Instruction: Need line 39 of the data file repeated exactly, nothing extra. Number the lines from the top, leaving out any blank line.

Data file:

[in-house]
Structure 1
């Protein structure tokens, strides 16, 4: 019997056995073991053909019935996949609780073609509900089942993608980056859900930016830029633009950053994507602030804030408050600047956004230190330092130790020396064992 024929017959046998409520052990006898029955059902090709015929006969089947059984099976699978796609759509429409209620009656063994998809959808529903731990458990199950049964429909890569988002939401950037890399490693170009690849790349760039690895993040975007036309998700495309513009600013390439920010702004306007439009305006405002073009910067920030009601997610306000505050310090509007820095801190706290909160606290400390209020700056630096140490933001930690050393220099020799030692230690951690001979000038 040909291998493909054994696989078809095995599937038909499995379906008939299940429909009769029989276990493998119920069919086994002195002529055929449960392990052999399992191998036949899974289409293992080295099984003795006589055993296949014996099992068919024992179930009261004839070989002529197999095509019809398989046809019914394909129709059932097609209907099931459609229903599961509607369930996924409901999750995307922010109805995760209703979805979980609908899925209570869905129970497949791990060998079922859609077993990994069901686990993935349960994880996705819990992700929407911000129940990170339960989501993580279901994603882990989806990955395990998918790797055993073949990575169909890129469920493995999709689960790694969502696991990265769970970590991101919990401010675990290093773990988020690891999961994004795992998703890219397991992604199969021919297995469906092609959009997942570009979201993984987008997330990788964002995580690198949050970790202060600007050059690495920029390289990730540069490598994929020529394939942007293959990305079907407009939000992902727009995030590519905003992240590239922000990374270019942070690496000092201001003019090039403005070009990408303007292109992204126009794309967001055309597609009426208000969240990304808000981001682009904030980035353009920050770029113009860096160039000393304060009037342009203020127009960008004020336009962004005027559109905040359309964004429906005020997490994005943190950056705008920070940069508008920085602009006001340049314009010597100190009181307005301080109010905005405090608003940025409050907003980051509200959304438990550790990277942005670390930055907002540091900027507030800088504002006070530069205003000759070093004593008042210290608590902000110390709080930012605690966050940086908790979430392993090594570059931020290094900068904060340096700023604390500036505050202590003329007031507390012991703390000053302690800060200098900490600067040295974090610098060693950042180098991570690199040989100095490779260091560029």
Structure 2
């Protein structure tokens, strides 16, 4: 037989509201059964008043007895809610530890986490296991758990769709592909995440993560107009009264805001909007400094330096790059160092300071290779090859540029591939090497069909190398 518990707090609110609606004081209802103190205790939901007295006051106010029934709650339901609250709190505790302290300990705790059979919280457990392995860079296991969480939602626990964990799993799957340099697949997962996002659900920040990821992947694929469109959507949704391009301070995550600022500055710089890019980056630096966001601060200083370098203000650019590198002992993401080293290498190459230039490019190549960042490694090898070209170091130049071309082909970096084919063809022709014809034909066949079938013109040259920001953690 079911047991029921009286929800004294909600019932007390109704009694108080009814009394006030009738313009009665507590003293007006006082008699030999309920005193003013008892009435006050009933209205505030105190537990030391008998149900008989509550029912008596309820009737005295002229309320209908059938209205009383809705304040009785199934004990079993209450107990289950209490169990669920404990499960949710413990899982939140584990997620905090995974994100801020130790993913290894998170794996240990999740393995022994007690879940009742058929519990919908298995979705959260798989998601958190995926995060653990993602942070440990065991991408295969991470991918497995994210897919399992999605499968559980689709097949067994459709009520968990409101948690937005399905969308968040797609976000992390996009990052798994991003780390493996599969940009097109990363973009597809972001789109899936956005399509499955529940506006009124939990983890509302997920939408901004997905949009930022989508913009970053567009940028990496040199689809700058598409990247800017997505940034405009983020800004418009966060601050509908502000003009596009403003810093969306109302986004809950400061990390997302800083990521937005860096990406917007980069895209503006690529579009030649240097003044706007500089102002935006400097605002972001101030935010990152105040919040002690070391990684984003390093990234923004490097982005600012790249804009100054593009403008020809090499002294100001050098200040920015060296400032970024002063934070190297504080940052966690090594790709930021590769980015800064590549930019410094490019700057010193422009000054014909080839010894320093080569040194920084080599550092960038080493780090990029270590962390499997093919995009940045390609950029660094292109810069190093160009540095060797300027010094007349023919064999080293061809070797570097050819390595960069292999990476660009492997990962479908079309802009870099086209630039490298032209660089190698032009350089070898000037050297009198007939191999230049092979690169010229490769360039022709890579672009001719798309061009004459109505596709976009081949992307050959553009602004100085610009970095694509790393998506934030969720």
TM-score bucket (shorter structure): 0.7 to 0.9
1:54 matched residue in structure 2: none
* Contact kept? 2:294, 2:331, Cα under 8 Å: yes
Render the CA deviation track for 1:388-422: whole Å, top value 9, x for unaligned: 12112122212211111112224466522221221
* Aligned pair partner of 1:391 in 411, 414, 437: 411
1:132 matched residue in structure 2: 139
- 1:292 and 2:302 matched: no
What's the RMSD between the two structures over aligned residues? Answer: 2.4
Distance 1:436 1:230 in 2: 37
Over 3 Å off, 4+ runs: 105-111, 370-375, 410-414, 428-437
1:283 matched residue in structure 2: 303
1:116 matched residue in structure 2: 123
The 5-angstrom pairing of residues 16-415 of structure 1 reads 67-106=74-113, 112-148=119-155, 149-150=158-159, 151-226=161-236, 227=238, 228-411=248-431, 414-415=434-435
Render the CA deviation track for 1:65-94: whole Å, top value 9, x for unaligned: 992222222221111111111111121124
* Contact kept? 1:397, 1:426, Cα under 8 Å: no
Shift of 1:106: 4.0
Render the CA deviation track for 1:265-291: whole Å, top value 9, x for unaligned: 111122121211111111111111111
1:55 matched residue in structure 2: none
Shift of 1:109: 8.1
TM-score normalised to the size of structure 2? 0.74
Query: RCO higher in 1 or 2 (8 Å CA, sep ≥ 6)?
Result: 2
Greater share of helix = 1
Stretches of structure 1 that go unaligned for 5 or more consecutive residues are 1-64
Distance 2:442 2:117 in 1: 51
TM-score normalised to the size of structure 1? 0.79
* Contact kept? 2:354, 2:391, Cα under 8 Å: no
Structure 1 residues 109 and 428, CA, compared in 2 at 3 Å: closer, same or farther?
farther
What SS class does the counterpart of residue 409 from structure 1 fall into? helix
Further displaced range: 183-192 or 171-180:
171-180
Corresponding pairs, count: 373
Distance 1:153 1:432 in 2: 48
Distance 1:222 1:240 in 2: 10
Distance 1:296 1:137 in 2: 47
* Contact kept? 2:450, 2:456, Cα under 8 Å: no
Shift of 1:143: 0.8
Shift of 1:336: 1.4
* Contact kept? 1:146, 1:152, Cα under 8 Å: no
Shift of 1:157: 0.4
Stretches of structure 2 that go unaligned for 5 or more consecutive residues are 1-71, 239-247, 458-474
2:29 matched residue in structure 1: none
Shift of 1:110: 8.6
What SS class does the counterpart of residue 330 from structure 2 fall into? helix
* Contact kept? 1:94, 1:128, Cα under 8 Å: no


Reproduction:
Distance 1:153 1:432 in 2: 48